The relationship among alcohol use, related problems, and symptoms of psychological distress: Gender as a moderator in a college sample Addictive Behaviors 29 (2004) 843 848 The relationship among alcohol use, related problems, and symptoms of psychological distress: Gender as a moderator in a college sample Irene Markman Geisner*, Mary

More information

2014 FLORIDA SUBSTANCE ABUSE LEVEL OF CARE CLINICAL CRITERIA

2014 FLORIDA SUBSTANCE ABUSE LEVEL OF CARE CLINICAL CRITERIA 2014 FLORIDA SUBSTANCE ABUSE LEVEL OF CARE CLINICAL CRITERIA SUBSTANCE ABUSE LEVEL OF CARE CLINICAL CRITERIA Overview Psychcare strives to provide quality care in the least restrictive environment. An

More information

http://www.elsevier.com/locate/permissionusematerial

http://www.elsevier.com/locate/permissionusematerial This article was originally published in a journal published by Elsevier, and the attached copy is provided by Elsevier for the author s benefit and for the benefit of the author s institution, for non-commercial

More information

A One Year Study Of Adolescent Males With Aggression and Problems Of Conduct and Personality: A comparison of MDT and DBT

A One Year Study Of Adolescent Males With Aggression and Problems Of Conduct and Personality: A comparison of MDT and DBT A One Year Study Of Adolescent Males With Aggression and Problems Of Conduct and Personality: A comparison of MDT and DBT Jack A. Apsche, Christopher K. Bass and Marsha-Ann Houston Abstract This study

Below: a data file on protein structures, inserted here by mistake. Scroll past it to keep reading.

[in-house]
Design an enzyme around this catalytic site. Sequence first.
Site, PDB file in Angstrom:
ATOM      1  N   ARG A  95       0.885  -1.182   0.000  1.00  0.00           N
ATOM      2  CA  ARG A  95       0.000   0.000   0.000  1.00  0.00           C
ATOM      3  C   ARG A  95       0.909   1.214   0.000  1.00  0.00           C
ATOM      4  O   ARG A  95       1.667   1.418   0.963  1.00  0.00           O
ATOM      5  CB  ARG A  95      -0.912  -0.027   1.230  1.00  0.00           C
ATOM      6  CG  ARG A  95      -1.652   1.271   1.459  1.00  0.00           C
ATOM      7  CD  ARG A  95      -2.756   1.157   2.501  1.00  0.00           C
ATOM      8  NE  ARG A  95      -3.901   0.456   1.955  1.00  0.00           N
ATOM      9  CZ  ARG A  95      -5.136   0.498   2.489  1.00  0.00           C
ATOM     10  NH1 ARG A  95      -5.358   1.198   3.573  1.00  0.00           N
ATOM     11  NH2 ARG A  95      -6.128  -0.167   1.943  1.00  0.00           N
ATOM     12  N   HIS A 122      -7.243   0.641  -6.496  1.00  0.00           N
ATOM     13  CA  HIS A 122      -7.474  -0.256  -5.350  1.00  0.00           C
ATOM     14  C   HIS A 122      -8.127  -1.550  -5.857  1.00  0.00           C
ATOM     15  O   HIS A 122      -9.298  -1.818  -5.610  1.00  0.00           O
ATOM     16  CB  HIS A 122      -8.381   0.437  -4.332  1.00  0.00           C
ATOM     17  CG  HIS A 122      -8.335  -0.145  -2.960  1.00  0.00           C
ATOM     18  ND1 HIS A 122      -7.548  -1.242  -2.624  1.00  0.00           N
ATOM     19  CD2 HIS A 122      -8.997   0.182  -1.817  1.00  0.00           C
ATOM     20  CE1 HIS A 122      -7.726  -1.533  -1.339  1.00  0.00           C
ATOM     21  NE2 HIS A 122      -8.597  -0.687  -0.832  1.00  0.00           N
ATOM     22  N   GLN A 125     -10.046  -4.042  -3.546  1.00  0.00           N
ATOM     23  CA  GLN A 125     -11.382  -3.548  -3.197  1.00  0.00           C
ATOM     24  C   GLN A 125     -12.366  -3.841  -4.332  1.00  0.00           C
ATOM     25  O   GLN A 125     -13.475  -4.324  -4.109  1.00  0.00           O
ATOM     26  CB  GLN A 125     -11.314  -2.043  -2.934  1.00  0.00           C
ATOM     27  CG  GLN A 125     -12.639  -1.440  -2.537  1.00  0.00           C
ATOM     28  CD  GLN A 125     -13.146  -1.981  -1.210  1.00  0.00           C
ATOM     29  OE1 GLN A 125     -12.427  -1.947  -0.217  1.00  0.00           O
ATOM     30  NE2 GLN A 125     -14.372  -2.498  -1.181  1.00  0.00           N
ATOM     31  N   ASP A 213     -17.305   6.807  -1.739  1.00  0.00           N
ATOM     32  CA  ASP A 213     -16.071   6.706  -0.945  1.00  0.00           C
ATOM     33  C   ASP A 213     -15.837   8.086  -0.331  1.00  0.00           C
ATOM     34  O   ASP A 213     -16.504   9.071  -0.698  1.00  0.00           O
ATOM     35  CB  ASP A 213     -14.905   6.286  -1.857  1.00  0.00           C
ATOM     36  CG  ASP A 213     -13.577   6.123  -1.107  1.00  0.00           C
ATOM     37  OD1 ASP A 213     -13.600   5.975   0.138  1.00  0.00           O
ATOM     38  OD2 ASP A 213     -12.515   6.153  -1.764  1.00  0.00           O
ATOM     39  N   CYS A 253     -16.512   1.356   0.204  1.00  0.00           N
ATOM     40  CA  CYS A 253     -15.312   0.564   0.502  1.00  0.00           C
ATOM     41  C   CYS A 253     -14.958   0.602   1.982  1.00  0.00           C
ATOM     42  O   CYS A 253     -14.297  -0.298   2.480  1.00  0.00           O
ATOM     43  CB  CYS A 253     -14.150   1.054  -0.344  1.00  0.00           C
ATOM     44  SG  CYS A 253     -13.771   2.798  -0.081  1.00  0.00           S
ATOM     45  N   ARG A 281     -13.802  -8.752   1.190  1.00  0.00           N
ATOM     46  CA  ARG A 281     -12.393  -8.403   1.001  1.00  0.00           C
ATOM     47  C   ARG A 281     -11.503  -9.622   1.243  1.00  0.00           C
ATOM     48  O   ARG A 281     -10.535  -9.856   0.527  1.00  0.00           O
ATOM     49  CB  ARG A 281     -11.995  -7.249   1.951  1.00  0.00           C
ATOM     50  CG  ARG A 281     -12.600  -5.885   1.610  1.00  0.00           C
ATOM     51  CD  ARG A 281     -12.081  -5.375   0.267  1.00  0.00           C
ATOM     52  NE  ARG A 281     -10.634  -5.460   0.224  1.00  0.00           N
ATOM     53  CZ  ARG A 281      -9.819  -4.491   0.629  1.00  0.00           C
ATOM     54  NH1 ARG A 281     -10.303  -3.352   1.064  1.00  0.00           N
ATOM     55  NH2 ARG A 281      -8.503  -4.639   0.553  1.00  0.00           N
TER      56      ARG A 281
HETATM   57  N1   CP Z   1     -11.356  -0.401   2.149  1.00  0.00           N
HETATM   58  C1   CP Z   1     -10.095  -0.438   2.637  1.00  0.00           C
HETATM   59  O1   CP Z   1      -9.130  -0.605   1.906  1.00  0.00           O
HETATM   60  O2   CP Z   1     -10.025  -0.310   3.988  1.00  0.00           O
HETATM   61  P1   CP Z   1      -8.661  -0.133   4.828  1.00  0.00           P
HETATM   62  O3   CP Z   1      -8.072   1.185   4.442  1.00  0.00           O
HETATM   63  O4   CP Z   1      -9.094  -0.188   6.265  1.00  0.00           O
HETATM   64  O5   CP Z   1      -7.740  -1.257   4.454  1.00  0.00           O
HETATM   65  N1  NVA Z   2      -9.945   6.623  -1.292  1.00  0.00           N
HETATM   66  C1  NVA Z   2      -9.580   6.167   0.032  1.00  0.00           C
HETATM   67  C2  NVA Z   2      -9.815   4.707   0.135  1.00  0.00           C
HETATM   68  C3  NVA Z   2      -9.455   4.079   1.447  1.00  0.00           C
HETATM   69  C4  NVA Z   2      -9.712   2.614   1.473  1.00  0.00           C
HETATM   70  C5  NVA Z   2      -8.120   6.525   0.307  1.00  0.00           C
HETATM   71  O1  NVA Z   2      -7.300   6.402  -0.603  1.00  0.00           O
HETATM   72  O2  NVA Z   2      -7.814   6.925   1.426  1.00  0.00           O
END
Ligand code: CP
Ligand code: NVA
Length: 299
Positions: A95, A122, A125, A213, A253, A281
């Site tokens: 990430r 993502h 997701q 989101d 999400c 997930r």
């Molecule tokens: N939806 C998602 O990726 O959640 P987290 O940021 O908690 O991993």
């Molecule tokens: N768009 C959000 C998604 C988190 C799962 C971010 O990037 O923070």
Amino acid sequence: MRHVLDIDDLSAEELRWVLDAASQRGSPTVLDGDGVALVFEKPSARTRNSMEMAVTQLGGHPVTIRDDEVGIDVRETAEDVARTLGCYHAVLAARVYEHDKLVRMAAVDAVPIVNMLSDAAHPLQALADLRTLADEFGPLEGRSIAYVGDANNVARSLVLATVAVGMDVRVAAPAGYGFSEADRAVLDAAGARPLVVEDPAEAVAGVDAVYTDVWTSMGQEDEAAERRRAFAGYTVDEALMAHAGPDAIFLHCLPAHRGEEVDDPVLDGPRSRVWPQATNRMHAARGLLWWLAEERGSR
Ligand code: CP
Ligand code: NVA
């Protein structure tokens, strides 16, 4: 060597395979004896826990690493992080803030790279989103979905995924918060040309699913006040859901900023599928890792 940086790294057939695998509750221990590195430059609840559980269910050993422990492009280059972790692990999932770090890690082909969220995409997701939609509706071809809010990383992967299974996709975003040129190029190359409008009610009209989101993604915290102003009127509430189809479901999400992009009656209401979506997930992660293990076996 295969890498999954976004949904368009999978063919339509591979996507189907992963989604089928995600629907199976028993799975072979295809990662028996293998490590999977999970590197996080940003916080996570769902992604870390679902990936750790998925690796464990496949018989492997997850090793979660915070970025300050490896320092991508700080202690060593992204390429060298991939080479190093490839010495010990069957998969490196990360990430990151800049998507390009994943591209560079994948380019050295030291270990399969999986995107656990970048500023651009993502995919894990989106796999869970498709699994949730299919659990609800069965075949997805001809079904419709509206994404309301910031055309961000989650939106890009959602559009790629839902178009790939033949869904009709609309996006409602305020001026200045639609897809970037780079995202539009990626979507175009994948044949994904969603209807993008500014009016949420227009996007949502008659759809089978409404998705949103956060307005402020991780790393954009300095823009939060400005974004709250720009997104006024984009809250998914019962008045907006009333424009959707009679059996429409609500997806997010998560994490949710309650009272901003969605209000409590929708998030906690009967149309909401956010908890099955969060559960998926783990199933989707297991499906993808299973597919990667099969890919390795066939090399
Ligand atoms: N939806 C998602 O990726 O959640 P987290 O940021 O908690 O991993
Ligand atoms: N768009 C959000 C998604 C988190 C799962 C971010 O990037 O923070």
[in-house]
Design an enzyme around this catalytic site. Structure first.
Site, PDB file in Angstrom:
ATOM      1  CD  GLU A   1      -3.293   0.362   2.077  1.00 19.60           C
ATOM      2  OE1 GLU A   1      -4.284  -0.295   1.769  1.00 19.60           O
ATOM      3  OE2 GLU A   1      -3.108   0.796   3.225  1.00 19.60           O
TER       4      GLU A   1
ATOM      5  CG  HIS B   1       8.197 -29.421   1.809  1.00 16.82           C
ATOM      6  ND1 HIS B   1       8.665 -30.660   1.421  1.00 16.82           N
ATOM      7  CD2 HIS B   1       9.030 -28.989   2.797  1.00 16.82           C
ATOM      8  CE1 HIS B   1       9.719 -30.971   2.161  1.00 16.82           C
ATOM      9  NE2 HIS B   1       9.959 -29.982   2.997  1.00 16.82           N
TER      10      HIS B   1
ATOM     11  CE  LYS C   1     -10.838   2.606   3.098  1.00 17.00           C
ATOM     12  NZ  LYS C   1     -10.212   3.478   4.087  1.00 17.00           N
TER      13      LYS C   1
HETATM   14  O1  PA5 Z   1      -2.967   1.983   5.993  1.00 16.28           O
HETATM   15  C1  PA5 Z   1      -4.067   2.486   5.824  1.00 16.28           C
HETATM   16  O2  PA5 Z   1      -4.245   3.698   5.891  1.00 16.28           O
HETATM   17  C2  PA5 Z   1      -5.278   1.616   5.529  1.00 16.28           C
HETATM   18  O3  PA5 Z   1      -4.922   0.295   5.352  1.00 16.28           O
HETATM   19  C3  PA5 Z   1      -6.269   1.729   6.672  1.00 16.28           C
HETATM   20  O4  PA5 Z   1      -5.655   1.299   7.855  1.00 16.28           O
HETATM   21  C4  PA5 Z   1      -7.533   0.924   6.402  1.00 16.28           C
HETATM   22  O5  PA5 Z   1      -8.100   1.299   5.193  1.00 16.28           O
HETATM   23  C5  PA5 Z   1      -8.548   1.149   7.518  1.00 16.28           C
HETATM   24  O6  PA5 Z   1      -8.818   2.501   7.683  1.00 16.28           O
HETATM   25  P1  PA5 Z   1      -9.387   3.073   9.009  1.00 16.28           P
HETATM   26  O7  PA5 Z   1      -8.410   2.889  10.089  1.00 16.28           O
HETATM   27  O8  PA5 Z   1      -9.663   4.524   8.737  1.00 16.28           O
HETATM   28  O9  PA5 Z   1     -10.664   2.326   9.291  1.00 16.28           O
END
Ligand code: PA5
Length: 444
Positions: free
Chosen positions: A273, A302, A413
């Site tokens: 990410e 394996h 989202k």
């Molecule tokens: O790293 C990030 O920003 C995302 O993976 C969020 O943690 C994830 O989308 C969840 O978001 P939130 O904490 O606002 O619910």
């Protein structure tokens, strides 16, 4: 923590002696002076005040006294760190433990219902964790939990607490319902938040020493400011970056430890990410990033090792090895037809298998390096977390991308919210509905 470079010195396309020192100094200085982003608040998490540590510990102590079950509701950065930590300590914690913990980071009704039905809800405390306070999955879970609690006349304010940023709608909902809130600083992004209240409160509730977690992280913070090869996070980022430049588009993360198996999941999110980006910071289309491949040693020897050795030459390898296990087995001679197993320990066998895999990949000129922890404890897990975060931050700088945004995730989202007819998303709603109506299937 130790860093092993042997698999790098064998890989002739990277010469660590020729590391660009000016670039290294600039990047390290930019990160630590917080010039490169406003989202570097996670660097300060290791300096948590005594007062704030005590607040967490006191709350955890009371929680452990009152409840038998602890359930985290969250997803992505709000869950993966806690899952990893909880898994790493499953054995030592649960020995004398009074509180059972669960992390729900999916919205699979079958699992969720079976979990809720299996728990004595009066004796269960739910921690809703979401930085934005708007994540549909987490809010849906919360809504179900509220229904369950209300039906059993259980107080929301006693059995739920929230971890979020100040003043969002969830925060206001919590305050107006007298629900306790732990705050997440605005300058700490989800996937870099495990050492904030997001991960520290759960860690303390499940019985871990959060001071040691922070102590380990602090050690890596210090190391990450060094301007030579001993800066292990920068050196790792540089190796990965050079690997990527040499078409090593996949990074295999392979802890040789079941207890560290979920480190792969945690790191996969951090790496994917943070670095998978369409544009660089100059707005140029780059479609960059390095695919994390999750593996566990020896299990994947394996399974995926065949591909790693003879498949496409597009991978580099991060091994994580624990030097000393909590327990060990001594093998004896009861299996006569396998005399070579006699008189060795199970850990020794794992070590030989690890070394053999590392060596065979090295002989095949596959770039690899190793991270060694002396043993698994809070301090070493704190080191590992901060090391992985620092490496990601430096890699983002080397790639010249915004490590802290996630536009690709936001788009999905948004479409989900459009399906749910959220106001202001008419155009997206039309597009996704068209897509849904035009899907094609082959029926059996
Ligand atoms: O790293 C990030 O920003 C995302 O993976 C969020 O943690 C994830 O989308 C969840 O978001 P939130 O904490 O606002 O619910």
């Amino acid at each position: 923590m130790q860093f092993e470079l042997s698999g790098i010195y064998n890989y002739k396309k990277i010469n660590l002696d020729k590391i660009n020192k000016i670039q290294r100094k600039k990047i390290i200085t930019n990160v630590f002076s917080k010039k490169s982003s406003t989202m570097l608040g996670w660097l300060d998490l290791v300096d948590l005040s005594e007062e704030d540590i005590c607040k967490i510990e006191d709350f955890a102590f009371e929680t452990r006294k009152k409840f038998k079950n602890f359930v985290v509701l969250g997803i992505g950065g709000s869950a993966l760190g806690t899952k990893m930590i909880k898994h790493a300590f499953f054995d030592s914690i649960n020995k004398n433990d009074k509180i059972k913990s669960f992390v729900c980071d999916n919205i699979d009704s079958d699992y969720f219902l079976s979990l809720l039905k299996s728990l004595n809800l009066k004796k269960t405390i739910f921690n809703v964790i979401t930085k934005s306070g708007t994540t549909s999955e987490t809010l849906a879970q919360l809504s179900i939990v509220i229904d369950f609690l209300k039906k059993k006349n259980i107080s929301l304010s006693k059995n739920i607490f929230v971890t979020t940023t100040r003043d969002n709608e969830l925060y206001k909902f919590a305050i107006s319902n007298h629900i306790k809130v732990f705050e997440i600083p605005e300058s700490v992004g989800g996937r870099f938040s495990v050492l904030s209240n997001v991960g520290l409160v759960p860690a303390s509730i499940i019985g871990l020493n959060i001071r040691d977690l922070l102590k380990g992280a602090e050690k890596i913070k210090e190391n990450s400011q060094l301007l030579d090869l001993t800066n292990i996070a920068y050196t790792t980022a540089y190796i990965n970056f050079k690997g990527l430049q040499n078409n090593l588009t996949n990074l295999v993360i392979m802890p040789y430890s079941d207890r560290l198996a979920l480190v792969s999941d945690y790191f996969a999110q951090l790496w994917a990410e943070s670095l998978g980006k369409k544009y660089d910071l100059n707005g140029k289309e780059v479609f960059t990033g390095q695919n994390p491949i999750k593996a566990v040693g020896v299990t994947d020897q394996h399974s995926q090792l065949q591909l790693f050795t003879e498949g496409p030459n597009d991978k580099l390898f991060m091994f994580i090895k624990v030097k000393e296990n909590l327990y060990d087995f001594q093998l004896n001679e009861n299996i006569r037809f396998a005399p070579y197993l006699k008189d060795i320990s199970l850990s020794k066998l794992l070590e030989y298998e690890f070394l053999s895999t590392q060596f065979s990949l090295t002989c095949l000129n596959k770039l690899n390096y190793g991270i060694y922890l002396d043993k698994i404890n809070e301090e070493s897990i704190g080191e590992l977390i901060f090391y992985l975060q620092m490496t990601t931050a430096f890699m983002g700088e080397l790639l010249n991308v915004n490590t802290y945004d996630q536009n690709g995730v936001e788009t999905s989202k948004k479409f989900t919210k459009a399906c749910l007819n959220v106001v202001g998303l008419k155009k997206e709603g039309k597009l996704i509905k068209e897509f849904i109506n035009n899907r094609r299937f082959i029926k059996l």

More information

Mental Health Needs Assessment Personality Disorder Prevalence and models of care

Mental Health Needs Assessment Personality Disorder Prevalence and models of care Mental Health Needs Assessment Personality Disorder Prevalence and models of care Introduction and definitions Personality disorders are a complex group of conditions identified through how an individual

More information

Conceptual Models of Substance Use

Conceptual Models of Substance Use Conceptual Models of Substance Use Different causal factors emphasized Different interventions based on conceptual models 1 Developing a Conceptual Model What is the nature of the disorder? Why causes

More information

ADVANCED BEHAVIORAL HEALTH, INC. Clinical Level of Care Guidelines - 2015